Even better, to allow easy access, the top part of the cambelt cover is removable by simply undoing two spring clips.
But let’s take a step back: why would this engine be so susceptible to tiny variations in cam timing?
In the Volkswagen PD (Pumpe Duse) engines, common rail diesel injection is not used. So rather than a single mechanical high pressure pump and separate, electronically-controlled injectors, the PD system uses what are called ‘pump/injectors’. As the name suggests, these combine the functions of pressurising pump and electronic injector. One of these pump/injector units is provided for each cylinder. (Click on any of the images to enlarge them.)
Extra lobes on the camshaft act through roller rockers on these pump/injectors – in the case of the 1.9 litre engine, there are four extra lobes. In order that fuel pressure is developed rapidly, the lobes have very steep leading ramps.
Now if the cam timing is altered, it appears that, even with no change in the electronic action of the injectors, the amount of fuel that is actually injected may be altered. That’s because it’s the combination of the pressure developed by the pump injector and its electronic actuation that will influence the amount of fuel that’s injected (and possibly also exactly when it is injected).
So when cam timing in these engines is altered:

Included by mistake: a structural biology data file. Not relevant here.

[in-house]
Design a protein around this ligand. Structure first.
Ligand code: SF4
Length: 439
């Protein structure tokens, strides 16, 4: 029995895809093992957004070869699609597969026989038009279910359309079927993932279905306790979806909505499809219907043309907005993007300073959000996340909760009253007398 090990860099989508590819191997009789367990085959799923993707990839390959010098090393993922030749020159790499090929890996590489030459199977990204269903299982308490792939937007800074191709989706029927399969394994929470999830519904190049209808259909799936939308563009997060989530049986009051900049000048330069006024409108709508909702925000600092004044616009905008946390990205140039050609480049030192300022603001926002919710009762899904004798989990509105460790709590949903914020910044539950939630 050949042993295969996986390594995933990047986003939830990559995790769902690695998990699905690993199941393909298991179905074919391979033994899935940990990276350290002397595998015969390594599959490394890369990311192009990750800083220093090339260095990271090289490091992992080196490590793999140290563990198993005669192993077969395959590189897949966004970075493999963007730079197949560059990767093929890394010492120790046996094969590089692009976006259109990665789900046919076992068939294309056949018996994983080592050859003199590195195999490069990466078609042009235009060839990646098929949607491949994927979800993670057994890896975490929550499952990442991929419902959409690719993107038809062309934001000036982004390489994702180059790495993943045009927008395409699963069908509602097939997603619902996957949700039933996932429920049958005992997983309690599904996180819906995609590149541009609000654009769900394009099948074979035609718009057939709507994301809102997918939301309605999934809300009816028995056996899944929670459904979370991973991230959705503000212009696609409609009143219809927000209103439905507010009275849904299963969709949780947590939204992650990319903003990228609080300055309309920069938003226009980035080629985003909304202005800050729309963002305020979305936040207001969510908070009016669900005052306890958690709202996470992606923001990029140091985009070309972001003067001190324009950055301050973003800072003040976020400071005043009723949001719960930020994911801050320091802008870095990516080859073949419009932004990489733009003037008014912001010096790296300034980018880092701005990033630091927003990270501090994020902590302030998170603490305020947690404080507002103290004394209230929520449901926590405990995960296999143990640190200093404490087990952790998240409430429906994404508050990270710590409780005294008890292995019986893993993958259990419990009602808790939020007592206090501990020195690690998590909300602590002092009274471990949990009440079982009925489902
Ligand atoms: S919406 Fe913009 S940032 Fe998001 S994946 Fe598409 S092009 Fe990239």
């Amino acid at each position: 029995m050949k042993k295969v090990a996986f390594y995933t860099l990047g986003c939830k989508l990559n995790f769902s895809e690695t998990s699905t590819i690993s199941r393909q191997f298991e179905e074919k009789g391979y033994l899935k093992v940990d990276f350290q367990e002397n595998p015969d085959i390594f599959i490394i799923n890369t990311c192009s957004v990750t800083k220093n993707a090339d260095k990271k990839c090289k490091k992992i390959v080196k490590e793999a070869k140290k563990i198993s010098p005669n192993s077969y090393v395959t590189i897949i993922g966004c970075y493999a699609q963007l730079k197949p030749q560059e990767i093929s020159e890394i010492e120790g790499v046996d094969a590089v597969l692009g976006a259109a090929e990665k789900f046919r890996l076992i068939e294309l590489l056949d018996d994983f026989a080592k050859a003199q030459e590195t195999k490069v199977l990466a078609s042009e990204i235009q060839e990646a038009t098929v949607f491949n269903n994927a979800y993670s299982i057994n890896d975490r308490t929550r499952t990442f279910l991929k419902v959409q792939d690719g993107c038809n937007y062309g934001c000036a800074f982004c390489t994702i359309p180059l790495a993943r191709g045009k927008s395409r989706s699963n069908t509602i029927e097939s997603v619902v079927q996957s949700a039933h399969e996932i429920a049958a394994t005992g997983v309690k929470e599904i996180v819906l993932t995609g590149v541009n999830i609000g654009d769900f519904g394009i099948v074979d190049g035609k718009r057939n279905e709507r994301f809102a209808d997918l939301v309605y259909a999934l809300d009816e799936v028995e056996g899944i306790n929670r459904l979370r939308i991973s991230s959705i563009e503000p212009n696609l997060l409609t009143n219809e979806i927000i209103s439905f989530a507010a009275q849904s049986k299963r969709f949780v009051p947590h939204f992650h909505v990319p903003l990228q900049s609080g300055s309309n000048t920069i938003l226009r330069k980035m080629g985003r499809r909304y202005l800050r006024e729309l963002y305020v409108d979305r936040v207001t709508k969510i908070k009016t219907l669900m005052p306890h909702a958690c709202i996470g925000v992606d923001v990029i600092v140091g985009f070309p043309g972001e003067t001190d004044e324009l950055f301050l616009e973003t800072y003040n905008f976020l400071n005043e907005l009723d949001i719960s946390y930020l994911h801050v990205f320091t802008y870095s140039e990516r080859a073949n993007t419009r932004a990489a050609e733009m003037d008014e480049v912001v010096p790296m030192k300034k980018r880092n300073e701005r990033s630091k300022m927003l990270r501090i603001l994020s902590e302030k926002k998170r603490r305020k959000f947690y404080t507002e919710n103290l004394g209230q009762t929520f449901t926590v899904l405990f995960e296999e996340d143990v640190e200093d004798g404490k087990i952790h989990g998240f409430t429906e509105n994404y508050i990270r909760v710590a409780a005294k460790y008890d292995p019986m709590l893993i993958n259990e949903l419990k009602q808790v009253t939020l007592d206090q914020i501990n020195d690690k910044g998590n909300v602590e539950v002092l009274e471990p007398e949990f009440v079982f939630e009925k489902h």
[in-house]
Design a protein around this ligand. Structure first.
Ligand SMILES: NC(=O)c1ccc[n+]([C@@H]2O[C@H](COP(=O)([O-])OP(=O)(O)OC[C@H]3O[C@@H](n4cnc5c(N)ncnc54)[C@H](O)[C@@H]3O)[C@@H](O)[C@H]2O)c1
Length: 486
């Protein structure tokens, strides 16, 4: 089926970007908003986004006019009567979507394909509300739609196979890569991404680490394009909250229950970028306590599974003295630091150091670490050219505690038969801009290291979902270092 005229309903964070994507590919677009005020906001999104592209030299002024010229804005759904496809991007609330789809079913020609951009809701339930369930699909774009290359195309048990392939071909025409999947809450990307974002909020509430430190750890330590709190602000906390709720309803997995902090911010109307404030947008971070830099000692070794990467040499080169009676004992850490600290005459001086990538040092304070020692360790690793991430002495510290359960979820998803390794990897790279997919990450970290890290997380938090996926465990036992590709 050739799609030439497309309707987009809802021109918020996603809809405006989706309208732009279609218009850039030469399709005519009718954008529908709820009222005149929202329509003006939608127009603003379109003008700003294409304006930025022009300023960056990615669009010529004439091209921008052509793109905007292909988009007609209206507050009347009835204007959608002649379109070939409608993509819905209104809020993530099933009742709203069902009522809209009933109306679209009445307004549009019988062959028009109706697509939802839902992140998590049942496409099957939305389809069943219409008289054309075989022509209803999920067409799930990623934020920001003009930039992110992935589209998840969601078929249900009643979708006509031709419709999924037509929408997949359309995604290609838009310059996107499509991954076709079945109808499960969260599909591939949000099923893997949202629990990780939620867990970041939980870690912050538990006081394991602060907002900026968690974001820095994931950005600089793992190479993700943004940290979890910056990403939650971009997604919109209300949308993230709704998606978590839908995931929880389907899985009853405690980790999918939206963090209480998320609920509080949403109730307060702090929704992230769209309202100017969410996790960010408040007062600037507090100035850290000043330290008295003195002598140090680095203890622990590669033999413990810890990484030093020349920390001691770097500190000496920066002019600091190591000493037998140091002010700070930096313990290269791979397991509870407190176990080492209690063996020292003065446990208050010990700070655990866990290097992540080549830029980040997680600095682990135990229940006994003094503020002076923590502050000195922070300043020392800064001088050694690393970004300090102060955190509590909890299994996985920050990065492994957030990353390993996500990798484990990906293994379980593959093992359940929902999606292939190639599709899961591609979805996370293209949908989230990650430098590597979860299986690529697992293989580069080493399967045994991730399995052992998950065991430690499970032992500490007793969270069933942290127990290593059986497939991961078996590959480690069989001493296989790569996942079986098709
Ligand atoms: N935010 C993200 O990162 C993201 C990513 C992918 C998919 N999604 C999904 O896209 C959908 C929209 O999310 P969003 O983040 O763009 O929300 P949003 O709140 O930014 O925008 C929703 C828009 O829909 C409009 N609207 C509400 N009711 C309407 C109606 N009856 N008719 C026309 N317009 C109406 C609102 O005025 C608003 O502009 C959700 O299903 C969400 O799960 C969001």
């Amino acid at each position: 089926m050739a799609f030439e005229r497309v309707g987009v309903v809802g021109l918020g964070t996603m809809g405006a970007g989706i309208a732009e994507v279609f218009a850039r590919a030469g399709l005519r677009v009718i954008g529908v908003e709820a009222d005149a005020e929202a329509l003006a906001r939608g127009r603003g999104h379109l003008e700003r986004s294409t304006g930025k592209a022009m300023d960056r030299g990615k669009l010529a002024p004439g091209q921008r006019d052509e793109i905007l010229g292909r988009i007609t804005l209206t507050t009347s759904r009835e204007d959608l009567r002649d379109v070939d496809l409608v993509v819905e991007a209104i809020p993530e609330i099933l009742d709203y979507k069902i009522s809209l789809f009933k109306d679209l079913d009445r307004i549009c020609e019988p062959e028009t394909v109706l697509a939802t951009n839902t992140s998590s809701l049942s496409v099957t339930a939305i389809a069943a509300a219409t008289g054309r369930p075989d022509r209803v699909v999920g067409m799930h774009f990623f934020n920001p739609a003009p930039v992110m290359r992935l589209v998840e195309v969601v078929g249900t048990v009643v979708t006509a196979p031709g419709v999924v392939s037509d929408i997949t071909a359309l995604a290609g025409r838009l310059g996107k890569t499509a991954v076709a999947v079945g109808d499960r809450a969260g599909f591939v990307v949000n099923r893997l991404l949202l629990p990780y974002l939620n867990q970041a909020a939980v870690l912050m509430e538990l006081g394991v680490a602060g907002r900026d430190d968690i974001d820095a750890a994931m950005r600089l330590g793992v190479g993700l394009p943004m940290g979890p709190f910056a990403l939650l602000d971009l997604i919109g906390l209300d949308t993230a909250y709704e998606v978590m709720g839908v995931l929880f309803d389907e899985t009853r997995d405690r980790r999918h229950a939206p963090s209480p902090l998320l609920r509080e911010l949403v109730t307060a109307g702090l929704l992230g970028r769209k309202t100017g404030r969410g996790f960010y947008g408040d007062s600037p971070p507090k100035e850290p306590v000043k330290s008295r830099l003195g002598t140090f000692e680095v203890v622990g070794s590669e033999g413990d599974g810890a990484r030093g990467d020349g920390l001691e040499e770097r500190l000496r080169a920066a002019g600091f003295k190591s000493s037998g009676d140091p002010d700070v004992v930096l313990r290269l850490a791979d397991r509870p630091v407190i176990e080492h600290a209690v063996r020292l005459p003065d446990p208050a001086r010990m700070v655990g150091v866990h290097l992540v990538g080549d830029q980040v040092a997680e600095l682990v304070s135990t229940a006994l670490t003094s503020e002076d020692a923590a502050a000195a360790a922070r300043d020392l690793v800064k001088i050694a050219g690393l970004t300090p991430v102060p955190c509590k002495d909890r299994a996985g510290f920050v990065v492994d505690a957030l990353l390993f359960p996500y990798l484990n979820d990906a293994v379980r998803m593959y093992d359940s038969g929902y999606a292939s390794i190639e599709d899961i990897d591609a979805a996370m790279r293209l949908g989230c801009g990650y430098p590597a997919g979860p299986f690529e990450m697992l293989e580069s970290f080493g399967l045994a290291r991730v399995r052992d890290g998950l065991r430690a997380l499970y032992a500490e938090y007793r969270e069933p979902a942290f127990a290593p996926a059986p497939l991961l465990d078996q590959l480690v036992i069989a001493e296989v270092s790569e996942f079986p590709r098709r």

• as a result of the difference in intake and exhaust valve timing, the volume of air that is flowing through the engine may be changed
• as a result of the difference in pump pressurising, the timing and amount of fuelling may be changed
Diesels are extremely sensitive in performance to the amount of fuel being injected: pour it in and the engines go harder, take it out and performance suffers. (There’s more to it of course than just this, but compared to petrol engines, it’s much more the mass of injected fuel that governs output.)
Playing with cam timing
So after mulling over all this, I decided to have a go at altering the cam timing. It seemed to me that if the cam belt was on the right teeth, the adjustment offered by the factory via the slotted holes was very unlikely to result in pistons hitting valves.
So I took off the top cam belt cover and had a look.
What I could immediately see was that the adjustment was right at one end of the slotted adjustment range: the cam was advanced. Now if the cam belt had previously been stretching, and if the car had been serviced by a very good mechanic, then perhaps the cam belt timing had been advanced to compensate for belt stretch that had occurred during the 80,000km the car had done before I bought it? If this theory was correct, when a new belt went on, the cam would be too advanced.
The theory seemed reasonable, so I marked the existing cam position with a pencil, then loosened the adjustment bolts and retarded the cam timing a bit. How much? I don’t know: nothing was being measured.
The car started perfectly, so I went for a test drive. Strong power was now clearly coming in at slightly lower revs – say 2800 rpm rather than 3000.